• Frequently Asked Questions Regarding Adoption of the New SAT

    Q: When and why did the Illinois State Board of Education (ISBE) approve the SAT as a replacement for the ACT?

    A: This past December, the ISBE approved the College Board’s SAT as the state-funded college entrance exam. Based on the College Board’s proposal, the SAT will provide the state with an estimated cost savings of nearly $1.4 million over the next three years.

    Q: Is Community Unit School District 308 going to continue to offer the ACT or switch to the SAT this year?

    A: After reviewing several resources, including surveys of other school districts and feedback from district and high school administrators within School District 308, we determined it would be in the best interest of our students to immediately shift to the SAT.

    Q: Did other states switch to the SAT?

    A: Yes, both Illinois and Colorado awarded contracts to the College Board to administer the SAT free of charge to 11th grade students in public schools. This is the first year that all public high schools in Michigan will administer the SAT as the statewide exam.

    Q: Do all colleges, universities, and other institutions of higher learning accept the SAT?

    A: Currently, most institutions of higher learning accept both the ACT and SAT as application for admission.

    Q: Why did School District 308 decide to adopt the SAT?

    A: The district is committed to aligning its curriculum to the Common Core State Standards and the SAT aligns with those standards as well. Having our students take a college entrance exam that aligns with their actual curriculum makes the most sense. Because the SAT is aligned to the Common Core State Standards, it is anticipated that our students will earn a higher score and gain a competitive edge on being accpeted to the colleges or universities of their choice. Higher scores could also potentially allow students to earn more scholarships.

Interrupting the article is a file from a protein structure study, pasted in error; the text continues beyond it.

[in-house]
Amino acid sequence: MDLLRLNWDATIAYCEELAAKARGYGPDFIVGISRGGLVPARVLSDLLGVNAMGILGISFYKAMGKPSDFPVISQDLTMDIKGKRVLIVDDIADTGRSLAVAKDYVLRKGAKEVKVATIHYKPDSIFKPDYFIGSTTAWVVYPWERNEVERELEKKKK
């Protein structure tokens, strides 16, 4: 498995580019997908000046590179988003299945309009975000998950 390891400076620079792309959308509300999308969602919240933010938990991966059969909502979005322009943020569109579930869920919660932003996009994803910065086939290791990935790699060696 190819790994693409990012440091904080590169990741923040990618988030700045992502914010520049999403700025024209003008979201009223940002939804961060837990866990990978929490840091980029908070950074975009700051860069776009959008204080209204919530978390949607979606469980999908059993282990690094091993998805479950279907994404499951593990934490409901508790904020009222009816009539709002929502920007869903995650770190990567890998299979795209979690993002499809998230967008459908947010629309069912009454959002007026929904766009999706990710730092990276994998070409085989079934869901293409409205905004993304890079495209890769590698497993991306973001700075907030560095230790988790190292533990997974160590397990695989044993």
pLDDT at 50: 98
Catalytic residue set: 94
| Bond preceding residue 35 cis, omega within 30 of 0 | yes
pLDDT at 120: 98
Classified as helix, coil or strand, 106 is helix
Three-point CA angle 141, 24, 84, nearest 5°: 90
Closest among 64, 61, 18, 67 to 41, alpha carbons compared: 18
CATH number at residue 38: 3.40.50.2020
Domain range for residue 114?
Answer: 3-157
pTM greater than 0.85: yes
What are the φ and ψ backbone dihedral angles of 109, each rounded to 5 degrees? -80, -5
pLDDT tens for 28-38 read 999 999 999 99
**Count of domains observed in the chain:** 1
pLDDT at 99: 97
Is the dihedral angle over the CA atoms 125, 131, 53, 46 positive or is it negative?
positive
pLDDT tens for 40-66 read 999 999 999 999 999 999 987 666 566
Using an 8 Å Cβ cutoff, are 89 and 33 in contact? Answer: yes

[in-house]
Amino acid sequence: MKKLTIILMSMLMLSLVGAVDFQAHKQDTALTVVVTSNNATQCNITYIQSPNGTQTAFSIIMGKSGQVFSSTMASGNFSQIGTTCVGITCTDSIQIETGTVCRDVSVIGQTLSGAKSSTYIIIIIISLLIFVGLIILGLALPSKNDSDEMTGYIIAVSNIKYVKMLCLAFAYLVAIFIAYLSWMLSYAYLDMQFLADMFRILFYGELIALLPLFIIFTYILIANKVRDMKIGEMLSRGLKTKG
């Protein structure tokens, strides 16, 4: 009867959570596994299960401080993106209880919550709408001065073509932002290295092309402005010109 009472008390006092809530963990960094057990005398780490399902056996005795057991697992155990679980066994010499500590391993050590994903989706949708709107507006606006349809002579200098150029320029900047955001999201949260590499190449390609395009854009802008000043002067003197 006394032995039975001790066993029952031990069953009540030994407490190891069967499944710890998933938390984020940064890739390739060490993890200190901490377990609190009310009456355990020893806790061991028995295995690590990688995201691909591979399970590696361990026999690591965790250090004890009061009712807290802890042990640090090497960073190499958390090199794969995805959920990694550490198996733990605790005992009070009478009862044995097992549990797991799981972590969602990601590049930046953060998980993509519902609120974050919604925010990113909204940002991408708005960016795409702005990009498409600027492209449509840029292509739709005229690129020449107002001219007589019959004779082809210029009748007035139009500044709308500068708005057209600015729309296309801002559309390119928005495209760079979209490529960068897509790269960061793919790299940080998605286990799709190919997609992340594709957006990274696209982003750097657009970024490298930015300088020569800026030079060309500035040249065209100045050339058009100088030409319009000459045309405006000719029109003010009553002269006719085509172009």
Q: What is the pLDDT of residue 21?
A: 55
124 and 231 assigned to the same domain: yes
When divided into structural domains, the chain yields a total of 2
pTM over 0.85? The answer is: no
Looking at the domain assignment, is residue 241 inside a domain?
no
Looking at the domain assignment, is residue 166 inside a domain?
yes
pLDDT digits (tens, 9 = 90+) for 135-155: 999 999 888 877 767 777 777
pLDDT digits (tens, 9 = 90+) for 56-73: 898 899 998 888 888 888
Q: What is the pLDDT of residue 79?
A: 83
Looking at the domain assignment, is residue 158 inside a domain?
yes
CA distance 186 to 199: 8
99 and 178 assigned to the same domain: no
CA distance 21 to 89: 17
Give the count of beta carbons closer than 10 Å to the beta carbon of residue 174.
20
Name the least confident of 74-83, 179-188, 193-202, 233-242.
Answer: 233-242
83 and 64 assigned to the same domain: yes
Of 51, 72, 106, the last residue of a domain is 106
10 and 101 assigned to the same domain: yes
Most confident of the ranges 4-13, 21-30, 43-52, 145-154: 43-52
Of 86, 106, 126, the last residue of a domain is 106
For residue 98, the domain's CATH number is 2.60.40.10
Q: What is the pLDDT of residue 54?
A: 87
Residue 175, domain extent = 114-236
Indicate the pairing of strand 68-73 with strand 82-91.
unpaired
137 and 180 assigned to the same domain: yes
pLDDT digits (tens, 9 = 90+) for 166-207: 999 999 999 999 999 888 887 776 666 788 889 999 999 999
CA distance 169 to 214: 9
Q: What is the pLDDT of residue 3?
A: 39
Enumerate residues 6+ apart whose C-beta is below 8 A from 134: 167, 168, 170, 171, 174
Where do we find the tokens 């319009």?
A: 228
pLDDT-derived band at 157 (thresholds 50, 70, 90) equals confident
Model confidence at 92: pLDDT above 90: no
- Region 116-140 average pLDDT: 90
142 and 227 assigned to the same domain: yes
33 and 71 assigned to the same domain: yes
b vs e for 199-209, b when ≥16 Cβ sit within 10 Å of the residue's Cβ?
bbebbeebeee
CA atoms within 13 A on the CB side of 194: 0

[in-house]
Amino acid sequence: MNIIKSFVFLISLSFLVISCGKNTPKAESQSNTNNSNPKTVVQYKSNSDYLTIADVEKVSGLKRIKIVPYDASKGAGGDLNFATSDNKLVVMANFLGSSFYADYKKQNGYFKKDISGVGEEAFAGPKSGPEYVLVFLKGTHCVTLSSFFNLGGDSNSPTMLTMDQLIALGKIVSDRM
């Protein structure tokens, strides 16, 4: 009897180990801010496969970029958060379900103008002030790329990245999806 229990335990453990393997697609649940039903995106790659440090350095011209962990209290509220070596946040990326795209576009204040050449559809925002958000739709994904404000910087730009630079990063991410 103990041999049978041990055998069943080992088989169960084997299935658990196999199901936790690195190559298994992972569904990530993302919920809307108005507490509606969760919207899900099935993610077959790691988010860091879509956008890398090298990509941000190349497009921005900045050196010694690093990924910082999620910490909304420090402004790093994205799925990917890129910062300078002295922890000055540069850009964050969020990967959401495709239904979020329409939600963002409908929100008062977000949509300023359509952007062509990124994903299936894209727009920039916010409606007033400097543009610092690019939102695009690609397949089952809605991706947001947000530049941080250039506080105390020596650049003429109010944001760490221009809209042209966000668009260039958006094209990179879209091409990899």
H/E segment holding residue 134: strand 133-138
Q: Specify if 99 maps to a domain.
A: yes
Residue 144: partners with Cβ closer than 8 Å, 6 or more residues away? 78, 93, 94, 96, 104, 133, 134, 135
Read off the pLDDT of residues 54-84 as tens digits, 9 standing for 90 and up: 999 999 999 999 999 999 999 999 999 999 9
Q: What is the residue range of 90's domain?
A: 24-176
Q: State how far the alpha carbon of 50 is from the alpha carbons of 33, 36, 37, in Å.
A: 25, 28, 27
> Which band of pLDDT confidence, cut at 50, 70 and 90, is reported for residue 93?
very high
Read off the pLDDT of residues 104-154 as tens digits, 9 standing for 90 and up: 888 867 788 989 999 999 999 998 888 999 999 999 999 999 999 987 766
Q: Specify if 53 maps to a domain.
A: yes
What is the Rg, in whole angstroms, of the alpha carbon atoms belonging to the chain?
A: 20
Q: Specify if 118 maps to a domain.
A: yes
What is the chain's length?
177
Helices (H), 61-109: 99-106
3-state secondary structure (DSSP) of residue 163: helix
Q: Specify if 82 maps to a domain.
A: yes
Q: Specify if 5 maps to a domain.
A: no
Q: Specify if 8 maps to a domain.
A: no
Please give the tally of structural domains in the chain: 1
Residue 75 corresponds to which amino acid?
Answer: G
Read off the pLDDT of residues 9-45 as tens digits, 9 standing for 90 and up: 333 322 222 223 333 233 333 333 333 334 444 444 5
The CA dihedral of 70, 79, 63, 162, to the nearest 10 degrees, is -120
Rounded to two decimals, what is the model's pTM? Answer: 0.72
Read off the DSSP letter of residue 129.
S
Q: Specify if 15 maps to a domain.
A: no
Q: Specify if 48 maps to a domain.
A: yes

Q: Does the SAT take longer to complete than the ACT?

    A: To complete either the SAT or the ACT is about a four-hour process.

    Q: My student has been preparing for the ACT. Will this work help my child pass the SAT?

    A: Time spent preparing for the ACT will not be wasted. Preparing for the ACT provides students with a better idea of time limitations, types of questions, and how to respond to questions to obtain the best possible score.

    Q: Are there changes to the 2016 SAT that my student should be aware of?

    A: Yes, the SAT has been redesigned for 2016. The new version eliminates penalties for guessing and makes its essay component optional. The revised SAT also has eliminated what were called “SAT words,” which led previous generations of students to prepare for the SAT using flash cards. The new SAT’s maximum score will also revert to 1600. For a comprehensive look at changes to the SAT, please refer to Side by Side: A look at the SAT and the Common Core.

    Q: When will the ACT test be offered and to what grade level?

    A: The new SAT makes its debut on March 5, 2016. School District 308 is planning to administer the SAT to all 11th grade students during a school day in April. Further information as to the time and date of the test will be provided to parents.